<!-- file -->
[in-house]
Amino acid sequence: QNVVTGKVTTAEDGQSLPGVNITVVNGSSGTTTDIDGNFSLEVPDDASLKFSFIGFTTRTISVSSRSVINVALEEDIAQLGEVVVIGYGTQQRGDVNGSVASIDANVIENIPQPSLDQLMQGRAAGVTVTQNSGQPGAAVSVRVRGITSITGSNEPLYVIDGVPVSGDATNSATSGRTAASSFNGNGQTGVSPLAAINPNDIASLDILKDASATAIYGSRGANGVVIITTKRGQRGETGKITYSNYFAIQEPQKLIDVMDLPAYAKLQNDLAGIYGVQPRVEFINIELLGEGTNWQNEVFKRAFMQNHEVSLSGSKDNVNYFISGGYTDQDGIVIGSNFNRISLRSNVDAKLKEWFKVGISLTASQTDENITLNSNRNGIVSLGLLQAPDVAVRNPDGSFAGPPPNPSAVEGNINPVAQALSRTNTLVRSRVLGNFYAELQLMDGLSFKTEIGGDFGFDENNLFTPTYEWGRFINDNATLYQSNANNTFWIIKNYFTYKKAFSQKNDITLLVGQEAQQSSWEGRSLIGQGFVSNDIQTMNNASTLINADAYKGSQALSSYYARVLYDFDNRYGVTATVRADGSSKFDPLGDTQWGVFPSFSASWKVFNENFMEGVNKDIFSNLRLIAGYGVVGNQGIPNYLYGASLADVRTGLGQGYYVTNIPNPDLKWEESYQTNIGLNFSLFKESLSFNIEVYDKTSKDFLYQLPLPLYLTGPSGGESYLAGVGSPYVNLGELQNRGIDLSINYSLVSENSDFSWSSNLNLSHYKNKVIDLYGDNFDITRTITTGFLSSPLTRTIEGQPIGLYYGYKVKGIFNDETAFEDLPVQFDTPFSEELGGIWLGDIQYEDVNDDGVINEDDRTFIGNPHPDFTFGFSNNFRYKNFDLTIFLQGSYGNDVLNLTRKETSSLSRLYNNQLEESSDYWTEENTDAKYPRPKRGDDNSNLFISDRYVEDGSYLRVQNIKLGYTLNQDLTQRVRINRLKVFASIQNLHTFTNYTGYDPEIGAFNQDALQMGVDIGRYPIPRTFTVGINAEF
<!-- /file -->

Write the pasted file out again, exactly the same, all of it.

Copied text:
[in-house]
Amino acid sequence: QNVVTGKVTTAEDGQSLPGVNITVVNGSSGTTTDIDGNFSLEVPDDASLKFSFIGFTTRTISVSSRSVINVALEEDIAQLGEVVVIGYGTQQRGDVNGSVASIDANVIENIPQPSLDQLMQGRAAGVTVTQNSGQPGAAVSVRVRGITSITGSNEPLYVIDGVPVSGDATNSATSGRTAASSFNGNGQTGVSPLAAINPNDIASLDILKDASATAIYGSRGANGVVIITTKRGQRGETGKITYSNYFAIQEPQKLIDVMDLPAYAKLQNDLAGIYGVQPRVEFINIELLGEGTNWQNEVFKRAFMQNHEVSLSGSKDNVNYFISGGYTDQDGIVIGSNFNRISLRSNVDAKLKEWFKVGISLTASQTDENITLNSNRNGIVSLGLLQAPDVAVRNPDGSFAGPPPNPSAVEGNINPVAQALSRTNTLVRSRVLGNFYAELQLMDGLSFKTEIGGDFGFDENNLFTPTYEWGRFINDNATLYQSNANNTFWIIKNYFTYKKAFSQKNDITLLVGQEAQQSSWEGRSLIGQGFVSNDIQTMNNASTLINADAYKGSQALSSYYARVLYDFDNRYGVTATVRADGSSKFDPLGDTQWGVFPSFSASWKVFNENFMEGVNKDIFSNLRLIAGYGVVGNQGIPNYLYGASLADVRTGLGQGYYVTNIPNPDLKWEESYQTNIGLNFSLFKESLSFNIEVYDKTSKDFLYQLPLPLYLTGPSGGESYLAGVGSPYVNLGELQNRGIDLSINYSLVSENSDFSWSSNLNLSHYKNKVIDLYGDNFDITRTITTGFLSSPLTRTIEGQPIGLYYGYKVKGIFNDETAFEDLPVQFDTPFSEELGGIWLGDIQYEDVNDDGVINEDDRTFIGNPHPDFTFGFSNNFRYKNFDLTIFLQGSYGNDVLNLTRKETSSLSRLYNNQLEESSDYWTEENTDAKYPRPKRGDDNSNLFISDRYVEDGSYLRVQNIKLGYTLNQDLTQRVRINRLKVFASIQNLHTFTNYTGYDPEIGAFNQDALQMGVDIGRYPIPRTFTVGINAEF